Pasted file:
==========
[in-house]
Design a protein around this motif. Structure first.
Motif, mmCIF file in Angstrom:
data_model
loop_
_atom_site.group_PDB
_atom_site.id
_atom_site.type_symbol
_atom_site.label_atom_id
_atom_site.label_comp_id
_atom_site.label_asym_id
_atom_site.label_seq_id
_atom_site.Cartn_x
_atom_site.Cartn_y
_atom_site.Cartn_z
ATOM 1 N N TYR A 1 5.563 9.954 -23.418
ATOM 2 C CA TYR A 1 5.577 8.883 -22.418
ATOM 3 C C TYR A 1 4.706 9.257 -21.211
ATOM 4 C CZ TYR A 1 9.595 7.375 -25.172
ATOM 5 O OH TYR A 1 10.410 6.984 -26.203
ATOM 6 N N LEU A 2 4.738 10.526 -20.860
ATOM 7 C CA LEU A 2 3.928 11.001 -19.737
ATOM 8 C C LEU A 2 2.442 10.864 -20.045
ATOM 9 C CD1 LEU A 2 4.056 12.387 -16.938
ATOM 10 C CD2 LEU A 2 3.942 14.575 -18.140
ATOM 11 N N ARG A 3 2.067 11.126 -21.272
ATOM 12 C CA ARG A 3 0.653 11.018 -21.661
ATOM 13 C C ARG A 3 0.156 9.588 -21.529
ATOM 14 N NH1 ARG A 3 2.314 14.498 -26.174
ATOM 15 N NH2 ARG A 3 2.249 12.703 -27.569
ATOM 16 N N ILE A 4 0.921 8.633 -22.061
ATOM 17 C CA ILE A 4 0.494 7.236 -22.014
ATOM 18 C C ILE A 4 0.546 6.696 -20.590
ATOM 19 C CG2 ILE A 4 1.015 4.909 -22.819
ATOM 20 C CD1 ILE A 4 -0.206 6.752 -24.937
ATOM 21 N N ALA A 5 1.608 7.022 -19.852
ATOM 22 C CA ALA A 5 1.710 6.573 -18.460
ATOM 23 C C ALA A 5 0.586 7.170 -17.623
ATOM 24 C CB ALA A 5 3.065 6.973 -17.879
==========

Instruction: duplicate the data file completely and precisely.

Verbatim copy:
[in-house]
Design a protein around this motif. Structure first.
Motif, mmCIF file in Angstrom:
data_model
loop_
_atom_site.group_PDB
_atom_site.id
_atom_site.type_symbol
_atom_site.label_atom_id
_atom_site.label_comp_id
_atom_site.label_asym_id
_atom_site.label_seq_id
_atom_site.Cartn_x
_atom_site.Cartn_y
_atom_site.Cartn_z
ATOM 1 N N TYR A 1 5.563 9.954 -23.418
ATOM 2 C CA TYR A 1 5.577 8.883 -22.418
ATOM 3 C C TYR A 1 4.706 9.257 -21.211
ATOM 4 C CZ TYR A 1 9.595 7.375 -25.172
ATOM 5 O OH TYR A 1 10.410 6.984 -26.203
ATOM 6 N N LEU A 2 4.738 10.526 -20.860
ATOM 7 C CA LEU A 2 3.928 11.001 -19.737
ATOM 8 C C LEU A 2 2.442 10.864 -20.045
ATOM 9 C CD1 LEU A 2 4.056 12.387 -16.938
ATOM 10 C CD2 LEU A 2 3.942 14.575 -18.140
ATOM 11 N N ARG A 3 2.067 11.126 -21.272
ATOM 12 C CA ARG A 3 0.653 11.018 -21.661
ATOM 13 C C ARG A 3 0.156 9.588 -21.529
ATOM 14 N NH1 ARG A 3 2.314 14.498 -26.174
ATOM 15 N NH2 ARG A 3 2.249 12.703 -27.569
ATOM 16 N N ILE A 4 0.921 8.633 -22.061
ATOM 17 C CA ILE A 4 0.494 7.236 -22.014
ATOM 18 C C ILE A 4 0.546 6.696 -20.590
ATOM 19 C CG2 ILE A 4 1.015 4.909 -22.819
ATOM 20 C CD1 ILE A 4 -0.206 6.752 -24.937
ATOM 21 N N ALA A 5 1.608 7.022 -19.852
ATOM 22 C CA ALA A 5 1.710 6.573 -18.460
ATOM 23 C C ALA A 5 0.586 7.170 -17.623
ATOM 24 C CB ALA A 5 3.065 6.973 -17.879